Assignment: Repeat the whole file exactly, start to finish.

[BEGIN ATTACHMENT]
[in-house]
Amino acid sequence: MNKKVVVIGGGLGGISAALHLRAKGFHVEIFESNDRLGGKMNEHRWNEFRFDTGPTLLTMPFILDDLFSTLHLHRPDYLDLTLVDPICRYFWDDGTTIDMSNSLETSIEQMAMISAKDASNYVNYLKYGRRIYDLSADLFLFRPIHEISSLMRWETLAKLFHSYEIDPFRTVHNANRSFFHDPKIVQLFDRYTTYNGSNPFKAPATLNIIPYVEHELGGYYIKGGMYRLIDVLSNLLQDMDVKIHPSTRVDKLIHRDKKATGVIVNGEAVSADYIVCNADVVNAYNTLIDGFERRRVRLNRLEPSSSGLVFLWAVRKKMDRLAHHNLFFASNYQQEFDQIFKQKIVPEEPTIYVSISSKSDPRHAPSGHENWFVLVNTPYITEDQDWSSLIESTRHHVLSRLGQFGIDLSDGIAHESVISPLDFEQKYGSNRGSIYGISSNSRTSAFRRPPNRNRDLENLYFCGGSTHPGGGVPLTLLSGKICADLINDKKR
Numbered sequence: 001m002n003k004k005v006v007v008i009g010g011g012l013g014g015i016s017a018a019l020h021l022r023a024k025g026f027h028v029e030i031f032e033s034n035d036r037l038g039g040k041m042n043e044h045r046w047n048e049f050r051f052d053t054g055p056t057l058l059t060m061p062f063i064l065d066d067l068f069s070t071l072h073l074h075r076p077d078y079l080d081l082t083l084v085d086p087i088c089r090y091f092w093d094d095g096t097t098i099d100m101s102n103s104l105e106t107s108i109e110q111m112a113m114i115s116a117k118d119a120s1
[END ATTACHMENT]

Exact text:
[in-house]
Amino acid sequence: MNKKVVVIGGGLGGISAALHLRAKGFHVEIFESNDRLGGKMNEHRWNEFRFDTGPTLLTMPFILDDLFSTLHLHRPDYLDLTLVDPICRYFWDDGTTIDMSNSLETSIEQMAMISAKDASNYVNYLKYGRRIYDLSADLFLFRPIHEISSLMRWETLAKLFHSYEIDPFRTVHNANRSFFHDPKIVQLFDRYTTYNGSNPFKAPATLNIIPYVEHELGGYYIKGGMYRLIDVLSNLLQDMDVKIHPSTRVDKLIHRDKKATGVIVNGEAVSADYIVCNADVVNAYNTLIDGFERRRVRLNRLEPSSSGLVFLWAVRKKMDRLAHHNLFFASNYQQEFDQIFKQKIVPEEPTIYVSISSKSDPRHAPSGHENWFVLVNTPYITEDQDWSSLIESTRHHVLSRLGQFGIDLSDGIAHESVISPLDFEQKYGSNRGSIYGISSNSRTSAFRRPPNRNRDLENLYFCGGSTHPGGGVPLTLLSGKICADLINDKKR
Numbered sequence: 001m002n003k004k005v006v007v008i009g010g011g012l013g014g015i016s017a018a019l020h021l022r023a024k025g026f027h028v029e030i031f032e033s034n035d036r037l038g039g040k041m042n043e044h045r046w047n048e049f050r051f052d053t054g055p056t057l058l059t060m061p062f063i064l065d066d067l068f069s070t071l072h073l074h075r076p077d078y079l080d081l082t083l084v085d086p087i088c089r090y091f092w093d094d095g096t097t098i099d100m101s102n103s104l105e106t107s108i109e110q111m112a113m114i115s116a117k118d119a120s1